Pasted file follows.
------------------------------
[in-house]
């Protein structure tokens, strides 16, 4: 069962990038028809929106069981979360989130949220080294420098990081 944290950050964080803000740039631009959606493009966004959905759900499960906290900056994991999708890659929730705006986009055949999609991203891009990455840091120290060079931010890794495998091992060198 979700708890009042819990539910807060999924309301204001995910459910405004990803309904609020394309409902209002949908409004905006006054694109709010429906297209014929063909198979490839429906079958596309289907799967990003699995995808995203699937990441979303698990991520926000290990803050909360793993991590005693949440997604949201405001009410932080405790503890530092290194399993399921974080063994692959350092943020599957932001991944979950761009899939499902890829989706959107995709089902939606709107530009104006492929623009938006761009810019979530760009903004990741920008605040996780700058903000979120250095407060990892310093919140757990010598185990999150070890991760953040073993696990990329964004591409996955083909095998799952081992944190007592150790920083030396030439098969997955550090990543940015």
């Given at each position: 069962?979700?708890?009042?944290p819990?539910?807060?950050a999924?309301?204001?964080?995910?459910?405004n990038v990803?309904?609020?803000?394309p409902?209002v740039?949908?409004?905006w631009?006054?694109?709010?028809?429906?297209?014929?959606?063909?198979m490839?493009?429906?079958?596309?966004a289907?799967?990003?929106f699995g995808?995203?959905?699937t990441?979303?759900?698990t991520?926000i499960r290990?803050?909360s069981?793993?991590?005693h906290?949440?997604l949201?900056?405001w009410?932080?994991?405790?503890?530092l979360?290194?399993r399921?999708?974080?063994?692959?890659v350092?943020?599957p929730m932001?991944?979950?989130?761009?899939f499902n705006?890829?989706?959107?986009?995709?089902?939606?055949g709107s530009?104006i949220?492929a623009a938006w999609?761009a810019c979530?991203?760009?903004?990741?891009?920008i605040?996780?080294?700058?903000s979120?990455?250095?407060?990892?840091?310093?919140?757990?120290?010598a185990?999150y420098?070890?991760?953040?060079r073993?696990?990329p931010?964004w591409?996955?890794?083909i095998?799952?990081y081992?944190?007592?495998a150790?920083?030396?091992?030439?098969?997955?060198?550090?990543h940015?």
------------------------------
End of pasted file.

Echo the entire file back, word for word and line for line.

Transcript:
[in-house]
């Protein structure tokens, strides 16, 4: 069962990038028809929106069981979360989130949220080294420098990081 944290950050964080803000740039631009959606493009966004959905759900499960906290900056994991999708890659929730705006986009055949999609991203891009990455840091120290060079931010890794495998091992060198 979700708890009042819990539910807060999924309301204001995910459910405004990803309904609020394309409902209002949908409004905006006054694109709010429906297209014929063909198979490839429906079958596309289907799967990003699995995808995203699937990441979303698990991520926000290990803050909360793993991590005693949440997604949201405001009410932080405790503890530092290194399993399921974080063994692959350092943020599957932001991944979950761009899939499902890829989706959107995709089902939606709107530009104006492929623009938006761009810019979530760009903004990741920008605040996780700058903000979120250095407060990892310093919140757990010598185990999150070890991760953040073993696990990329964004591409996955083909095998799952081992944190007592150790920083030396030439098969997955550090990543940015």
């Given at each position: 069962?979700?708890?009042?944290p819990?539910?807060?950050a999924?309301?204001?964080?995910?459910?405004n990038v990803?309904?609020?803000?394309p409902?209002v740039?949908?409004?905006w631009?006054?694109?709010?028809?429906?297209?014929?959606?063909?198979m490839?493009?429906?079958?596309?966004a289907?799967?990003?929106f699995g995808?995203?959905?699937t990441?979303?759900?698990t991520?926000i499960r290990?803050?909360s069981?793993?991590?005693h906290?949440?997604l949201?900056?405001w009410?932080?994991?405790?503890?530092l979360?290194?399993r399921?999708?974080?063994?692959?890659v350092?943020?599957p929730m932001?991944?979950?989130?761009?899939f499902n705006?890829?989706?959107?986009?995709?089902?939606?055949g709107s530009?104006i949220?492929a623009a938006w999609?761009a810019c979530?991203?760009?903004?990741?891009?920008i605040?996780?080294?700058?903000s979120?990455?250095?407060?990892?840091?310093?919140?757990?120290?010598a185990?999150y420098?070890?991760?953040?060079r073993?696990?990329p931010?964004w591409?996955?890794?083909i095998?799952?990081y081992?944190?007592?495998a150790?920083?030396?091992?030439?098969?997955?060198?550090?990543h940015?």